DNA encoding CaMKIIα tagged on the catalytic domain with Cerulean [44] acting as a FRET donor, and Venus [38] as a FRET acceptor were transfected into HeLa cells (ATCC). Cells transfected with Cerulean-CaMKIIα & free Venus monomers were used as a negative FRET control, and cells transfected with C5V [45] was used as a positive control. Images were acquired on an automated wide-field microscope and FRET analysis was performed using the E-FRET method [48] calibrated with Cerulean and Venus FRET standards [45]. Each point is the average FRET efficiency and fraction donor value measured for an individual cell. Dashed lines are linear fits. A linear relationship between the observed FRET efficiency (Eobs) when plotted as a function of the fraction donor (p) indicates that FRET is only occurring between 1 donor and 1 acceptor [49]. This linear relationship can be understood as follows: If CaMKII subunits form random pairs based only on their abundance, then if p is the fraction of Cerulean-tagged CaMKII subunits in the population, then (1-p) will be the fraction of Venus-tagged CaMKII subunits in the population. The random pairing of Cerulean- and Venus-tagged catalytic domains can be modeled using a binomial distribution. In a population the fraction of Cerulean-tagged CaMKII subunits paired with other Cerulean-tagged CaMKII subunits will be p2, and each of the 2 Cerulean molecules in these pairings will have a FRET efficiency of zero because they are both not pared with a Venus acceptor. Similarly, the fraction of Venus-tagged CaMKII subunits paired with another Venus-tagged CaMKII subunits will be (1-p)2, but because these pairs lack donors, they have no direct impact on the FRET efficiency of the population. Finally, the fraction of Cerulean-tagged CaMKII subunits paired with Venus-tagged CaMKII subunits will be 2p(1-p), and because each has a single donor (and acceptor), they will each have a FRET efficiency of E. Thus the observed ensemble FRET efficiency for the population Eobs as a function of the fraction donor (p) will be:(9)Note, that Eobs is a linear function of p, and that the slope and y-intercept (when p = 0) are both equal to the FRET efficiency between a single donor and acceptor.

The Impact of Autofluorescence on Brightness Measurements for Live Cell FPFA

For live cell FCS measurements, auto-fluorescence and other background light sources can impact on brightness measurements [16], [17], [18], [51]. In addition to the fluorophore of interest, endogenous fluorophores can also emit photons resulting in an altered apparent brightness. This problem can also occur for FPFA based brightness measurements. Corrections for two different types of background signals have been described, these are: 1. Background signals that only alter the photon-count rate, and 2. Background fluorescence from endogenous fluorophores that fluctuate. For background signals that only alter the photon-count rate the apparent molecular brightness (ηapp) of the sample is [16], [18]:(10)Where η is the brightness of the exogenous fluorophore, <k> is the average measured count rate (sample plus background), and <kB> is the average measured count rate of the background. The apparent brightness of a sample with fluctuating endogenous fluorophores is [18], [51]:(11)Where η and <N> are the molecular brightness and the average number of exogenous fluorophore molecules in the observation volume, and ηb and <Nb> are the molecular brightness and the average number of molecules in the observation volume of the bth fluorescence background species. In living cells it is possible that both of these types of background signals can adversely contribute to the apparent brightness. Furthermore, the relative impact of these types of background signals on the apparent brightness is rarely known. Moreover, many of the factors in equation 11 are either difficult to measure or are themselves unknown, and it is worth noting that the validity of these corrections has not been rigorously tested. An alternative empirical strategy for interpreting the apparent brightness of a complex composed of FP-tagged subunits, in terms of subunit stoichiometry, is to compare an unknown samples brightness to the measured brightness of a series of FP-concatemers expressed in the same cell type, such as the use of the V1– V6 series used in this study. The underlying assumption for this calibration strategy is that the brightness, abundance and fluctuation behavior of the sources of cellular background signals are not altered by the expression of different FP-tagged constructs. Under ideal conditions, experimental samples will have brightness values falling within the range of a control set (1–6 subunits in this instance). Under these conditions control brightness values can be used directly as a standard curve to interpret the brightness of an unknown. For samples with an apparent brightness greater than the largest concatemer in a control set (in this example those with >6 subunits) the subunit stoichiometry of the sample can be estimated by extrapolating brightness values based on the standard brightness curve. While extrapolations beyond control values is not ideal, by using proper error propagation [54] errors in interpretation can be minimized.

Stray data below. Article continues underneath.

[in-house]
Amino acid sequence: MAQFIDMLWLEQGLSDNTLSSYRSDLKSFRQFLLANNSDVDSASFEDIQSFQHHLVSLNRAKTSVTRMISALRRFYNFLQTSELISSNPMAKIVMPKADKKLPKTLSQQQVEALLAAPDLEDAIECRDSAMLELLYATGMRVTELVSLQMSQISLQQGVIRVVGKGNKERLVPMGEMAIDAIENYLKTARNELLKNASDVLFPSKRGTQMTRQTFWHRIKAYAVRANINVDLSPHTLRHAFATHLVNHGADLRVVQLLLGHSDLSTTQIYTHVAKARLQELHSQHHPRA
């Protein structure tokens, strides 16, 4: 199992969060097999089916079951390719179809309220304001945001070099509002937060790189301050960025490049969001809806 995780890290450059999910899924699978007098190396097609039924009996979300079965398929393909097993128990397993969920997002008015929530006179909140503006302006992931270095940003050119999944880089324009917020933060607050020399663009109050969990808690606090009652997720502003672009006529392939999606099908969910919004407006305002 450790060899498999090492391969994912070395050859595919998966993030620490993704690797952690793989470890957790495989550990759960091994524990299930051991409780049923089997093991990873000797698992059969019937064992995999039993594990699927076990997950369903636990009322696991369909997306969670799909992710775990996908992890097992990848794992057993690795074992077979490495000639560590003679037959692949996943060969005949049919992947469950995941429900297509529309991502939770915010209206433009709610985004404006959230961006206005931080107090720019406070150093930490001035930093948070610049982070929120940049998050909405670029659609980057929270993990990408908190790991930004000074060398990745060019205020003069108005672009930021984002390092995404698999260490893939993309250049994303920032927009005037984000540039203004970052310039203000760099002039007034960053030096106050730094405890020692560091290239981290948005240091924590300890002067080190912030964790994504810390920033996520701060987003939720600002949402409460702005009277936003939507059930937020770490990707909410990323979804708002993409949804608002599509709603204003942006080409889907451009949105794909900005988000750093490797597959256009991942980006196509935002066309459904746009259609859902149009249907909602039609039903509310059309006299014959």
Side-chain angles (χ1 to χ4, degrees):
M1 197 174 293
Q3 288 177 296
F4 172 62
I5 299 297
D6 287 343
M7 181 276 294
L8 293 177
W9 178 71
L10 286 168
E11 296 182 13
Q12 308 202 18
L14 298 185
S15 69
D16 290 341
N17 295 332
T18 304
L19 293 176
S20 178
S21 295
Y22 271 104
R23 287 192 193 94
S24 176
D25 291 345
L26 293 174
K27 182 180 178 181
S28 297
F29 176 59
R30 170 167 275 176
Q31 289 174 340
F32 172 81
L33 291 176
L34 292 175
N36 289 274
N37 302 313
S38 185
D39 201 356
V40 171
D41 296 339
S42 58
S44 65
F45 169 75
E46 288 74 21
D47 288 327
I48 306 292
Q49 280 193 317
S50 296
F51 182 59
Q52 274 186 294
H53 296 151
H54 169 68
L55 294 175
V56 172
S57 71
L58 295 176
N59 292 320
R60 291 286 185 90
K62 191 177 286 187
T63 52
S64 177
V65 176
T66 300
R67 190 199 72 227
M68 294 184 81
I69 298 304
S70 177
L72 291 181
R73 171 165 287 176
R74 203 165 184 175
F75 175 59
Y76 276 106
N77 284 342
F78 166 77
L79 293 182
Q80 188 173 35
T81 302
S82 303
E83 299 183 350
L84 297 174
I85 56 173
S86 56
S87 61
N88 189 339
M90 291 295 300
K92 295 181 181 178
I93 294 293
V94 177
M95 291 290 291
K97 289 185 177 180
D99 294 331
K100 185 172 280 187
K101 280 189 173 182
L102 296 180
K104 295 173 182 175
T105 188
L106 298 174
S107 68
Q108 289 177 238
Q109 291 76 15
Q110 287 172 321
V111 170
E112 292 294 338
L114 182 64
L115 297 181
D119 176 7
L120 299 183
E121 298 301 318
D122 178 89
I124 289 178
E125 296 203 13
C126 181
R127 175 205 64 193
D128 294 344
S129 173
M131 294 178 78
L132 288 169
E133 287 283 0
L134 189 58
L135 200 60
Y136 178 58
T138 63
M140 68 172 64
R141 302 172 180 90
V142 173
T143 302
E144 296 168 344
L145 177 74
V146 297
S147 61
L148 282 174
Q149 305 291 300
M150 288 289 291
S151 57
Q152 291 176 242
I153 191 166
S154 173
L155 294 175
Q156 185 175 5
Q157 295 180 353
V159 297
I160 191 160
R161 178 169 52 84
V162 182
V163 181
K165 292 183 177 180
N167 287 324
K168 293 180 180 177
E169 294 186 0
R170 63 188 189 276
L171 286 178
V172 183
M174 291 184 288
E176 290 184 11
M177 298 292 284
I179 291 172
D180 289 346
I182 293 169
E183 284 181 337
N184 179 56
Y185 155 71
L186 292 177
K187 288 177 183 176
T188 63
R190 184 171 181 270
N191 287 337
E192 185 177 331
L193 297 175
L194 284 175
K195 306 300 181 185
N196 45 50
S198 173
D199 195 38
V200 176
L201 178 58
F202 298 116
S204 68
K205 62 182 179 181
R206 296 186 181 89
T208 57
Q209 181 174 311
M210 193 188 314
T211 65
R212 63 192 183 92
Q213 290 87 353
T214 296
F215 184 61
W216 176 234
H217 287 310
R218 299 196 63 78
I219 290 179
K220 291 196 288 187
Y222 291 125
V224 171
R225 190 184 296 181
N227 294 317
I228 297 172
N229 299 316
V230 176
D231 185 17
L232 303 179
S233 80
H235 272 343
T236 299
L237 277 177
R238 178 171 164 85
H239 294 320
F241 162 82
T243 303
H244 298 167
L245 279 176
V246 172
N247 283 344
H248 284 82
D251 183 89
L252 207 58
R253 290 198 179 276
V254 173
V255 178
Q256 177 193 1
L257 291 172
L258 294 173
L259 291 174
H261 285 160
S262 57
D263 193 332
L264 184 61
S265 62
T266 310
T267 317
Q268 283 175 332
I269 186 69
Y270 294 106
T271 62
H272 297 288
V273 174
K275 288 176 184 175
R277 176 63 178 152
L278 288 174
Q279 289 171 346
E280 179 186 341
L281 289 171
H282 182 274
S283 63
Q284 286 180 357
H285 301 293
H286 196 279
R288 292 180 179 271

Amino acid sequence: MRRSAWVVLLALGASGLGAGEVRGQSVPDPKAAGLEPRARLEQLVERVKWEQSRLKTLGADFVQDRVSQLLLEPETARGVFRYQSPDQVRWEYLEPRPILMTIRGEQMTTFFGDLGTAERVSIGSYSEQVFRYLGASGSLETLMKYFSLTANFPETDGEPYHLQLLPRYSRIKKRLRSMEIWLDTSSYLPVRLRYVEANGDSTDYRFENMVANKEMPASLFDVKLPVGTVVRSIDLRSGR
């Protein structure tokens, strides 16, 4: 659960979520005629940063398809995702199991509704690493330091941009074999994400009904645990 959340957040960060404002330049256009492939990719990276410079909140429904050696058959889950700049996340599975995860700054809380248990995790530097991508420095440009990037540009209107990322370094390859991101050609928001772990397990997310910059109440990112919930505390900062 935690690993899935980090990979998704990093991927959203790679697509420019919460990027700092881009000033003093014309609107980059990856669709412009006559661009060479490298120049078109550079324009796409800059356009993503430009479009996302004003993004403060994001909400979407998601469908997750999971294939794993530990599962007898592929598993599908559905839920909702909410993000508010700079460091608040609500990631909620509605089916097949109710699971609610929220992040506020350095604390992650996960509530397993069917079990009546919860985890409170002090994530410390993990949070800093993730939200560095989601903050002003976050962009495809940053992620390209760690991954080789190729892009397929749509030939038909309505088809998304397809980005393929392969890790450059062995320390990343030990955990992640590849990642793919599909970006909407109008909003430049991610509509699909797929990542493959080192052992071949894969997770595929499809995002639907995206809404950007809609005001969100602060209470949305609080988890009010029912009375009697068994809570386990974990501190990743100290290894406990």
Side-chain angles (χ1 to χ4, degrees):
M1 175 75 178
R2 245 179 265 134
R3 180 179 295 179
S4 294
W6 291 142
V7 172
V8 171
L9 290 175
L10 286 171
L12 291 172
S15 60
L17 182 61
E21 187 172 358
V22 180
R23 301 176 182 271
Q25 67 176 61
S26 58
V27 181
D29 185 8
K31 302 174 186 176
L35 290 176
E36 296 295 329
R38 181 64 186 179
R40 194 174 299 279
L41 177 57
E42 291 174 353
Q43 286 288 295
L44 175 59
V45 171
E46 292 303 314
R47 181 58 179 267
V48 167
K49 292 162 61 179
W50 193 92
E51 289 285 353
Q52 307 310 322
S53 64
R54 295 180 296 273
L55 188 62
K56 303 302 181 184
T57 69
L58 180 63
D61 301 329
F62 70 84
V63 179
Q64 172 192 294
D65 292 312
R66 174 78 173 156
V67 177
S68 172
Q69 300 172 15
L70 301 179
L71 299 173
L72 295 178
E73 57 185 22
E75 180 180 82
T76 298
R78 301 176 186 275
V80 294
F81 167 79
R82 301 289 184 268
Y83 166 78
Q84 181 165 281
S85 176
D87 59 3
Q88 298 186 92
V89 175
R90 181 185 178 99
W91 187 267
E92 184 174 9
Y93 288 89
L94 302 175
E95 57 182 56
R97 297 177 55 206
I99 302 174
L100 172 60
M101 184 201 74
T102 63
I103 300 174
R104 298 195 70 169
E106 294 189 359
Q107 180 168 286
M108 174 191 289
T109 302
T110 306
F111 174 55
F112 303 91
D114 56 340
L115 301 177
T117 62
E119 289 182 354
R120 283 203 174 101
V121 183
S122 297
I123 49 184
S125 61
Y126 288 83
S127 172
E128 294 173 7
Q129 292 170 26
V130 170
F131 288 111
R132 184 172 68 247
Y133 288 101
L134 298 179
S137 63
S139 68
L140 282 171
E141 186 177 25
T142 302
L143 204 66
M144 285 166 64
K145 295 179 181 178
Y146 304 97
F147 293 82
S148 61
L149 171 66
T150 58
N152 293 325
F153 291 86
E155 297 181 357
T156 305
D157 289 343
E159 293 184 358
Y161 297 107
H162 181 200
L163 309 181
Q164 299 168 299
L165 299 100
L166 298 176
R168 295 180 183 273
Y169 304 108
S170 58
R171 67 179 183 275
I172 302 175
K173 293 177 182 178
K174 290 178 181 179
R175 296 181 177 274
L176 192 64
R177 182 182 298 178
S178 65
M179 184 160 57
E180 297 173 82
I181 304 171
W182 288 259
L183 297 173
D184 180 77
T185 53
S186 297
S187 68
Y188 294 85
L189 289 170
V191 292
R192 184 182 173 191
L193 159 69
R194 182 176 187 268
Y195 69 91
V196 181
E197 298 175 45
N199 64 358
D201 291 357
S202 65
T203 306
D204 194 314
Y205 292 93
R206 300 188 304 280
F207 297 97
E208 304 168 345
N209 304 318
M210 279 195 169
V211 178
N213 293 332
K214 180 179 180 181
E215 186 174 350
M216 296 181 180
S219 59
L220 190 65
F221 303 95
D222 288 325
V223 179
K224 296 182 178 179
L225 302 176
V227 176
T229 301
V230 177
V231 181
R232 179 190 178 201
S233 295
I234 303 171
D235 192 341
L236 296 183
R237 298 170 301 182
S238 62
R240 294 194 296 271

Curve Fitting and Statistics

IGOR Pro software (Vs 6.22) was used for standard and global fitting of time-resolved anisotropy, cross-correlation curves, and linear fits for brightness controls. GraphPad Prism 5 was used to calculate means and standard deviations (SD). Values are presented throughout the text as mean±SD, deviations of ±0.00 indicate a value of less than 0.005, while deviations of ±0.0 indicate a value of less than 0.05. GraphPad Prism was also used to calculate Student’s t-test, which was paired and two-tailed.


We thank C. Thaler for performing E-FRET experiments, Stephen Ikeda and Kaitlin Davis for critically reading our manuscript, and Ahmed Heikal for useful advice.

Author Contributions

Conceived and designed the experiments: SSV TAN. Performed the experiments: TAN PS JVV SVK. Analyzed the data: SSV TAN. Contributed reagents/materials/analysis tools: JVV SVK. Wrote the paper: SSV TAN.